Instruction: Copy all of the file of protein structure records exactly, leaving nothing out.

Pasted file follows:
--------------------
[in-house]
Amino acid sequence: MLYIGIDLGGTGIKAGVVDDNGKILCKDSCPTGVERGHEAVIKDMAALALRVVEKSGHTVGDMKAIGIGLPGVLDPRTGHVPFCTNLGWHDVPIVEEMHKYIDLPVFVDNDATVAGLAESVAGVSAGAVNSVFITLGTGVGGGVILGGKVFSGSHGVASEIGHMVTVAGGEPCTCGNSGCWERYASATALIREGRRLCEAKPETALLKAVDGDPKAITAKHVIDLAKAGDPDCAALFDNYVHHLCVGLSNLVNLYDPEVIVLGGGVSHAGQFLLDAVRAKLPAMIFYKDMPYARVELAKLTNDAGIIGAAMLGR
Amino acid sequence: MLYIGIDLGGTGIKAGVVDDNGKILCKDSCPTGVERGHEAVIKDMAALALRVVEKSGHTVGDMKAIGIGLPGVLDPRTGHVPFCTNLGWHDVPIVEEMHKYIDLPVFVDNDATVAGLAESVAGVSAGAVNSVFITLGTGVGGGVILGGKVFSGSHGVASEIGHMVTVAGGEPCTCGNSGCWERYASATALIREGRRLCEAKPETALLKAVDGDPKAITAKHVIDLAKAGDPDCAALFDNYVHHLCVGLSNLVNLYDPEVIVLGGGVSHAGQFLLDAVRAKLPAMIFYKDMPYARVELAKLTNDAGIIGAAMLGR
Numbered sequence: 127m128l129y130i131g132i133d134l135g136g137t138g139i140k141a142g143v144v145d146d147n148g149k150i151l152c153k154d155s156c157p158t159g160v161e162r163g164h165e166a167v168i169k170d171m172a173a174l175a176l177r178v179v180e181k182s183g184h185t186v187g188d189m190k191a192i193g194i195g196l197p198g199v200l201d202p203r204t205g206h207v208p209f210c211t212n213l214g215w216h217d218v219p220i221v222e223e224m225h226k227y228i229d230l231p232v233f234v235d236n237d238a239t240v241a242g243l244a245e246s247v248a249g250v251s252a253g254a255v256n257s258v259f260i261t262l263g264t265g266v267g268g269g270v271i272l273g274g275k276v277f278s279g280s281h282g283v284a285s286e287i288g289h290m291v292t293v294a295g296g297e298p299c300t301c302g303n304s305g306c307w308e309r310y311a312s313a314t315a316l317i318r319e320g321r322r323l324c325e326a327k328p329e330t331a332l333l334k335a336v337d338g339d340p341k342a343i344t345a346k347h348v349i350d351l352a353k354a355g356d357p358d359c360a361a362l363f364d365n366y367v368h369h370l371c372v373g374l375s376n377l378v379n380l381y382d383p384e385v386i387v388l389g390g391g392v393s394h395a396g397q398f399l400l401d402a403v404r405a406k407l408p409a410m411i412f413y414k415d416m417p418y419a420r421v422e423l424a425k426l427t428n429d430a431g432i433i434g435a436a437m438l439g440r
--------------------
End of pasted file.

[in-house]
Amino acid sequence: MLYIGIDLGGTGIKAGVVDDNGKILCKDSCPTGVERGHEAVIKDMAALALRVVEKSGHTVGDMKAIGIGLPGVLDPRTGHVPFCTNLGWHDVPIVEEMHKYIDLPVFVDNDATVAGLAESVAGVSAGAVNSVFITLGTGVGGGVILGGKVFSGSHGVASEIGHMVTVAGGEPCTCGNSGCWERYASATALIREGRRLCEAKPETALLKAVDGDPKAITAKHVIDLAKAGDPDCAALFDNYVHHLCVGLSNLVNLYDPEVIVLGGGVSHAGQFLLDAVRAKLPAMIFYKDMPYARVELAKLTNDAGIIGAAMLGR
Amino acid sequence: MLYIGIDLGGTGIKAGVVDDNGKILCKDSCPTGVERGHEAVIKDMAALALRVVEKSGHTVGDMKAIGIGLPGVLDPRTGHVPFCTNLGWHDVPIVEEMHKYIDLPVFVDNDATVAGLAESVAGVSAGAVNSVFITLGTGVGGGVILGGKVFSGSHGVASEIGHMVTVAGGEPCTCGNSGCWERYASATALIREGRRLCEAKPETALLKAVDGDPKAITAKHVIDLAKAGDPDCAALFDNYVHHLCVGLSNLVNLYDPEVIVLGGGVSHAGQFLLDAVRAKLPAMIFYKDMPYARVELAKLTNDAGIIGAAMLGR
Numbered sequence: 127m128l129y130i131g132i133d134l135g136g137t138g139i140k141a142g143v144v145d146d147n148g149k150i151l152c153k154d155s156c157p158t159g160v161e162r163g164h165e166a167v168i169k170d171m172a173a174l175a176l177r178v179v180e181k182s183g184h185t186v187g188d189m190k191a192i193g194i195g196l197p198g199v200l201d202p203r204t205g206h207v208p209f210c211t212n213l214g215w216h217d218v219p220i221v222e223e224m225h226k227y228i229d230l231p232v233f234v235d236n237d238a239t240v241a242g243l244a245e246s247v248a249g250v251s252a253g254a255v256n257s258v259f260i261t262l263g264t265g266v267g268g269g270v271i272l273g274g275k276v277f278s279g280s281h282g283v284a285s286e287i288g289h290m291v292t293v294a295g296g297e298p299c300t301c302g303n304s305g306c307w308e309r310y311a312s313a314t315a316l317i318r319e320g321r322r323l324c325e326a327k328p329e330t331a332l333l334k335a336v337d338g339d340p341k342a343i344t345a346k347h348v349i350d351l352a353k354a355g356d357p358d359c360a361a362l363f364d365n366y367v368h369h370l371c372v373g374l375s376n377l378v379n380l381y382d383p384e385v386i387v388l389g390g391g392v393s394h395a396g397q398f399l400l401d402a403v404r405a406k407l408p409a410m411i412f413y414k415d416m417p418y419a420r421v422e423l424a425k426l427t428n429d430a431g432i433i434g435a436a437m438l439g440r